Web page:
John H. Edelmann (1852–1900)

John H. Edelmann was a partner in the short-lived firm of Johnston & Edelmann, best known for nurturing a young Louis Sullivan. Johnston & Edelmann designed the 1873 King School (on Harrison Street, near Western) and five other elementary schools – including the Ward School on South Shields Avenue, now a Chicago landmark – in the rebuilding push following the Great Fire of 1871. Described in a Chicago Tribune article of March 1, 1874, these three-story, center hall-plan school buildings, designed in the then-popular Italianate style, featured four rooms per floor, each with large windows on two walls to maximize natural light and ventilation.

Edelmann was raised in Cleveland, where he received a limited formal education in his heavily German neighborhood, but apparently acquired some architectural training. Edelmann moved west to Chicago shortly after the Great Fire. In 1872 and 1873, he served first as a draftsman at the firm of Burling & Adler, where he met Joseph S. Johnston, and then as a foreman in William LeBaron Jenney’s office, where he met Louis Sullivan. In 1874, Edelmann joined Johnston (who had by then left Burling & Adler’s office for private practice) in the new firm of Johnston & Edelmann. (Sullivan acted as their apprentice). In addition to the six public schools mentioned above, Johnston & Edelmann designed Chicago’s Moody Tabernacle (since razed), among other structures, and a competition entry for Plymouth Church, also in Chicago.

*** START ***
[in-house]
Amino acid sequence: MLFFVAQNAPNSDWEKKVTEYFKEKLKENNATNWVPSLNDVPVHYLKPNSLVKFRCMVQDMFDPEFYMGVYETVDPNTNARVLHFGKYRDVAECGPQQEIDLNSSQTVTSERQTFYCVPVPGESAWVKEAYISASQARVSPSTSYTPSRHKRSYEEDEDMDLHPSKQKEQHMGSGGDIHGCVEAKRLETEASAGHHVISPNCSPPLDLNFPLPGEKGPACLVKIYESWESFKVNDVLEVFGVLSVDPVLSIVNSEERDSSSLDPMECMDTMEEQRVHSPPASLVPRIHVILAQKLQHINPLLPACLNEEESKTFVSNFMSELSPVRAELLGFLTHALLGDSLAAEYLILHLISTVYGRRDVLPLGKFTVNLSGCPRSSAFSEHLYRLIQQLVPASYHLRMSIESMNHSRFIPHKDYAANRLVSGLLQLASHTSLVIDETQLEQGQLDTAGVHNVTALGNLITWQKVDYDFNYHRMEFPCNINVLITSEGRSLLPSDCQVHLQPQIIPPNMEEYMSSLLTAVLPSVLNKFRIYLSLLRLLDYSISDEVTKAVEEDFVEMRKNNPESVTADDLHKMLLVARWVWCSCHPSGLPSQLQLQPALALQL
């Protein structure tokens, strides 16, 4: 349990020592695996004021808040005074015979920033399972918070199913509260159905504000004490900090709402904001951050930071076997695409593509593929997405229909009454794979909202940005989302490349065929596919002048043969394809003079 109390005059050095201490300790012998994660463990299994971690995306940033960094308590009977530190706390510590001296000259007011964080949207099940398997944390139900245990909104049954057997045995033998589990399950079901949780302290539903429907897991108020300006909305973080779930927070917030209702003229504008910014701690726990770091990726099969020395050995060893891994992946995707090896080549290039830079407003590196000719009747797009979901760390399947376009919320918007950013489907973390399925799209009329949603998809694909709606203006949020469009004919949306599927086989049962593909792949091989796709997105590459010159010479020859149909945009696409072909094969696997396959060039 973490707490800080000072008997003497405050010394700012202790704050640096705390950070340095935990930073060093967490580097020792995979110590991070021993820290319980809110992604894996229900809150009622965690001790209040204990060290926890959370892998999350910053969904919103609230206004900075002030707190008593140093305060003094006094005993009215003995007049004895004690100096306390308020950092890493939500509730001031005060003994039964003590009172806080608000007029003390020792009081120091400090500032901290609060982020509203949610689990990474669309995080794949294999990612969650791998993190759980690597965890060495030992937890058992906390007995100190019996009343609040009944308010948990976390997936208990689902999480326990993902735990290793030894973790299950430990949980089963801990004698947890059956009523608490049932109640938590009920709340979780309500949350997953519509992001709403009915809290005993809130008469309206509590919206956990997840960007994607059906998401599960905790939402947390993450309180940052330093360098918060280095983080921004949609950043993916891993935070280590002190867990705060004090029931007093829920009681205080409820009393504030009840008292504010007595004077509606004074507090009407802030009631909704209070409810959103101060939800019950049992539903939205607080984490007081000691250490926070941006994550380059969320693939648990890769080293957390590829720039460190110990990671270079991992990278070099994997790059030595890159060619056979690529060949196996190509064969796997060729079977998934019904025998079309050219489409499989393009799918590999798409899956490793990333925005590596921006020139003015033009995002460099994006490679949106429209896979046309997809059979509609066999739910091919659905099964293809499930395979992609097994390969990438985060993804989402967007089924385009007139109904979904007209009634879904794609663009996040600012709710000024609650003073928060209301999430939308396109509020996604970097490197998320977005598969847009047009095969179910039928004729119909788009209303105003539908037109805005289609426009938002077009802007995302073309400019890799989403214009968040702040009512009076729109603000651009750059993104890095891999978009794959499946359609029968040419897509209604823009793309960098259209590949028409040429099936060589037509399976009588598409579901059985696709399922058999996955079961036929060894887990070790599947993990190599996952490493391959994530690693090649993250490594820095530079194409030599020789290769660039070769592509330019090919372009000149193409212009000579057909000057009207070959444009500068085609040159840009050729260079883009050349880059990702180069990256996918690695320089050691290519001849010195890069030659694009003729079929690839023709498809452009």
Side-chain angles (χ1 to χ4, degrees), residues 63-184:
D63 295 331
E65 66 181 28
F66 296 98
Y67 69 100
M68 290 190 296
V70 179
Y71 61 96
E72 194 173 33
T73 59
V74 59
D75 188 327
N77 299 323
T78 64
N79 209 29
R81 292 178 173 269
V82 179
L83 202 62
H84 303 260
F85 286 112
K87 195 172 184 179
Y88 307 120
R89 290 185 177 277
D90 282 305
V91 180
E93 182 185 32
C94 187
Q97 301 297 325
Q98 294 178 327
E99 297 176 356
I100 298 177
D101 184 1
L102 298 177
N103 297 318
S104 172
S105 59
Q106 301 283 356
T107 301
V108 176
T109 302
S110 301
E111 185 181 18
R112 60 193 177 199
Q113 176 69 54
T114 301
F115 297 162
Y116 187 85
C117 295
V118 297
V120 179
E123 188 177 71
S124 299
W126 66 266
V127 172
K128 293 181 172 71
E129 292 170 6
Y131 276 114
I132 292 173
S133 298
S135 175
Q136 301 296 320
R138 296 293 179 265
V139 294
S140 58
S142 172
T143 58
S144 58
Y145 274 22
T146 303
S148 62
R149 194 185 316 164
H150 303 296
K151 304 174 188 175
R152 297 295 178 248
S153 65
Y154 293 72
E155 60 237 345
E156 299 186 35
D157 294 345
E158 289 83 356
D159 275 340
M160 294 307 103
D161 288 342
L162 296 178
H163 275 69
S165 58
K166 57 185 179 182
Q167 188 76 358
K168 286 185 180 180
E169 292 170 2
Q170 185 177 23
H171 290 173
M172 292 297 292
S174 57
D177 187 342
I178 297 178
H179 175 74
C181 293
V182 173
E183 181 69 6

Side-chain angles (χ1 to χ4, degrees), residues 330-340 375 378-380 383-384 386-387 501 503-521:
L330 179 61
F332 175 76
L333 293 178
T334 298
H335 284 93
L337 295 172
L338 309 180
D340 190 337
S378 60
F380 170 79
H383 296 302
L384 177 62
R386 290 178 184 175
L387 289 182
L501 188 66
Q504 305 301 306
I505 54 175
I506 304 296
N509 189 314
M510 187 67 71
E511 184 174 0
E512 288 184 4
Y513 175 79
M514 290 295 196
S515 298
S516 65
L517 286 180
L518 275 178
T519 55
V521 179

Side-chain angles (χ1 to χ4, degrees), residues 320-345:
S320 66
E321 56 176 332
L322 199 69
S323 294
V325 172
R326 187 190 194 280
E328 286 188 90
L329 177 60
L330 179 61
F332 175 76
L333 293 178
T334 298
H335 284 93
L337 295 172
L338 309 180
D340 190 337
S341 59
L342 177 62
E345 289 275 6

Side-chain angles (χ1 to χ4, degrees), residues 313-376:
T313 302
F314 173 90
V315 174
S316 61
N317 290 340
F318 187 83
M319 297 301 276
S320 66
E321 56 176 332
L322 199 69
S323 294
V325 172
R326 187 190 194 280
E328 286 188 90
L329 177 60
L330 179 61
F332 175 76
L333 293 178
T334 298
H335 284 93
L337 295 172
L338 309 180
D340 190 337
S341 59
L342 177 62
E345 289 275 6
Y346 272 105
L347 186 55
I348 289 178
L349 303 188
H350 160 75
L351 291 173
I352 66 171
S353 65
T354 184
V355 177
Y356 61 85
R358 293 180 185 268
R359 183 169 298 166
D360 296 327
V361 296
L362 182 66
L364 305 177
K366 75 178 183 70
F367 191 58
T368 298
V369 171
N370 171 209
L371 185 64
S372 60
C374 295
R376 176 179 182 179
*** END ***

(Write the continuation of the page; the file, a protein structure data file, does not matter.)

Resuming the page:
In 1875, Edelmann assisted Burling & Adler with the reconstruction of St. James Episcopal Church, and by 1876, the firm of Johnston & Edelmann had dissolved. Thereafter, Edelmann moved back and forth between Cleveland and Chicago, working either independently or for others, including with Adler, Burling & Adler, and Adler & Sullivan. In 1887, Edelmann relocated his practice permanently to New York City, where he became active in Socialist-Anarchist politics and died in 1900.

Architectural historian Charles E. Gregersen has conducted extensive research on Edelmann, some of which is referenced in the above discussion. Gregerson produced an unpublished article in 2008 entitled “John Herman Edelmann as Louis Sullivan’s ‘Benefactor,’” which is available in the collections of the Burnham Library of the Art Institute of Chicago).

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